It’s not just individuals who get a burst of happiness from doing better than their neighbours, it’s true across countries as well. Researchers at Motu Economic and Public Policy Research found that countries that raise their national per capita income also raise their average life satisfaction.
Motu is a not-for-profit, non-partisan research institute and received funding for this work from the Marsden Fund of the Royal Society of New Zealand.
“We examined data encompassing nearly 80,000 people across 27 countries and 19 years and found very clear results that if your income increases so does your satisfaction with your life,” said Arthur Grimes, Senior Fellow at Motu.
“Interestingly, however, if your income rises at the same rate as the people surrounding you, then you don’t get the same lift in happiness. So we looked into whether people from rural areas or cities were happier and if it mattered what sort of country you live in. We also looked at whether people compared themselves with people in other countries,” said Dr Grimes.
The study looked at OECD founding (developed) countries and countries that are transitioning into developed countries. The work did not have access for statistics in New Zealand.
“Life satisfaction in most transitional countries (which commonly have lower gross national disposable incomes) is below that of most founder OECD countries (which tend to have higher gross national disposable incomes).
Mean Life Satisfaction across Countries:
In developed countries town and small city dwellers tend to be happier than those living in large cities. However, in transitional countries, people were happiest in large cities, followed by towns, rural areas and finally small cities.
Mean Life Satisfaction by Settlement Type:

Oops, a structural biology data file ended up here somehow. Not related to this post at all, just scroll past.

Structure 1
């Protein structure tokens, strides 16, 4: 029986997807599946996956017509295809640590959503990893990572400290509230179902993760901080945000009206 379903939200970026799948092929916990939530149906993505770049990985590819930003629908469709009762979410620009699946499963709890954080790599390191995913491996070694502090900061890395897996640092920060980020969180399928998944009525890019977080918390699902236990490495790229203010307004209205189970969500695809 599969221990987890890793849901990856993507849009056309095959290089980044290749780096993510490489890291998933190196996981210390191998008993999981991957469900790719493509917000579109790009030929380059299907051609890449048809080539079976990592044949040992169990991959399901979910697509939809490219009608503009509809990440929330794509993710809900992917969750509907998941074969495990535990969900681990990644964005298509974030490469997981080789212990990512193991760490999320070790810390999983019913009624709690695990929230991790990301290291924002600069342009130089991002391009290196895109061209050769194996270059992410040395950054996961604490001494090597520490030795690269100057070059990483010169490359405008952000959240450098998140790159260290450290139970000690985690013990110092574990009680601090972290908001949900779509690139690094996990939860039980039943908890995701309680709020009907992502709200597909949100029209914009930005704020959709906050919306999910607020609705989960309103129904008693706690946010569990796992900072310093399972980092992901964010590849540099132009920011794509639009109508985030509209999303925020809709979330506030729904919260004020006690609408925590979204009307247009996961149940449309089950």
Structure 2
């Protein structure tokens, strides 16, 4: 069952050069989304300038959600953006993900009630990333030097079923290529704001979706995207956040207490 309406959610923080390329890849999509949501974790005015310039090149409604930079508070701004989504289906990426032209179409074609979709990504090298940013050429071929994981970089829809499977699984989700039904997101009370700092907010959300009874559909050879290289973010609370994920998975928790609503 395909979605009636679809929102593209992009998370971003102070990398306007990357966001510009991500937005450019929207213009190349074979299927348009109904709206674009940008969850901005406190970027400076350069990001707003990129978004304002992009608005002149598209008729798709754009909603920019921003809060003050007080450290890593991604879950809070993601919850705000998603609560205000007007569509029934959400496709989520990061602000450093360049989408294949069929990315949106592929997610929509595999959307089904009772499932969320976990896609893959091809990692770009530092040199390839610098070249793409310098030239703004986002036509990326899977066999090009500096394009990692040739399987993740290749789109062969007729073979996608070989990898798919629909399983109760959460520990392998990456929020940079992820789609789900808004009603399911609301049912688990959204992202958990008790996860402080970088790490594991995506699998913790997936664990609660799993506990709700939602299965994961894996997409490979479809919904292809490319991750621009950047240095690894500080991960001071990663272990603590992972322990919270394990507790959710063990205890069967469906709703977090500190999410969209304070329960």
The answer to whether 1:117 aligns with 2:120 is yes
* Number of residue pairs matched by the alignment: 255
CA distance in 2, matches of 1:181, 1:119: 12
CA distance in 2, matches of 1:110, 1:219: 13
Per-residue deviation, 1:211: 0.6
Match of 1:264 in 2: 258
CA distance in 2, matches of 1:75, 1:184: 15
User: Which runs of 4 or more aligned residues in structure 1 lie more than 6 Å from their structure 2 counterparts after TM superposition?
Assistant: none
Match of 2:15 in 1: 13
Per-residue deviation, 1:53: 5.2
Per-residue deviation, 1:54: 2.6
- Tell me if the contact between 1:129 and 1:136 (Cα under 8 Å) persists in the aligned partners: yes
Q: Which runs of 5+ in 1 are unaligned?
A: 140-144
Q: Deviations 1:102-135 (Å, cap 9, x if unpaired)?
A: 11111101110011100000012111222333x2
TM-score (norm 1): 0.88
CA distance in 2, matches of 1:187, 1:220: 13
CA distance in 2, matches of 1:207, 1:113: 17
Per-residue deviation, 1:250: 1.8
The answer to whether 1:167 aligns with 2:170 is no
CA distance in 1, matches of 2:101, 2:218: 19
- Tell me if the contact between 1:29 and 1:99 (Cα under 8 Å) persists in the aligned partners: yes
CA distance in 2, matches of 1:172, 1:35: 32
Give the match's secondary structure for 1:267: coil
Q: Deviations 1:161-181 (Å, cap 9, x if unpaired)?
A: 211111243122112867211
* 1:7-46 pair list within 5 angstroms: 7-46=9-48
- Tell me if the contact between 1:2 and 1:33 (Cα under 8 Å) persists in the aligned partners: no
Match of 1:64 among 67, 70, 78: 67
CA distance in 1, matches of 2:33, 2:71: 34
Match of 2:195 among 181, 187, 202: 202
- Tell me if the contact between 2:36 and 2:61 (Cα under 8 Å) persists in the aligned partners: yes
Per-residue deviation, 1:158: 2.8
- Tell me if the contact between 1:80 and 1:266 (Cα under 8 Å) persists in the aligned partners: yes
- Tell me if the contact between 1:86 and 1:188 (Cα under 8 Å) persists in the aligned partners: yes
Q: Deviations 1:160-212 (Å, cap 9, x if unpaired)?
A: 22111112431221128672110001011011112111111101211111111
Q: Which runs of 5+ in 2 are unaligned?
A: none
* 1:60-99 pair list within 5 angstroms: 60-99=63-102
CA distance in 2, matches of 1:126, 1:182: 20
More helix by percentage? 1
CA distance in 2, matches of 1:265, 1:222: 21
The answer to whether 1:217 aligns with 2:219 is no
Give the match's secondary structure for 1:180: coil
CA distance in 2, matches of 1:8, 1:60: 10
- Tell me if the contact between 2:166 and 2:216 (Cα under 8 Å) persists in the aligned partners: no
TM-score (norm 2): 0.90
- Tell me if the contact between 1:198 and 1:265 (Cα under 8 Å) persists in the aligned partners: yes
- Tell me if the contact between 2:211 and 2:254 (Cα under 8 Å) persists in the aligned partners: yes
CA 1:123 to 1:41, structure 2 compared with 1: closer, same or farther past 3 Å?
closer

“Our results indicate that people in relatively immobile areas, like ‘Old Europe’ and rural areas in transitional countries, worry about doing better than the people around them, while the larger population areas in transitional countries are more up and coming and worry less about how their neighbours are doing,” said Dr Grimes.
The study shows that individuals’ life satisfaction rises as their personal income rises and falls as the incomes of similar individuals within their own country rise.
“Most importantly, however, our findings imply that for any individual country, a rise in per capita income does raise average life satisfaction in that country. This means government can increase citizens’ wellbeing through supporting policies that increase the national income,” said Dr Grimes.
The Motu working paper Relative Income and Subjective Wellbeing: Intra-national and Inter-national Comparisons by Settlement and Country Type by Motu researcher Arthur Grimes and University of Auckland student Marc Reinhardt, was made possible by grants from the Marsden Fund of the Royal Society of New Zealand and the Resilient Urban Futures programme of the Ministry of Business, Innovation and Employment.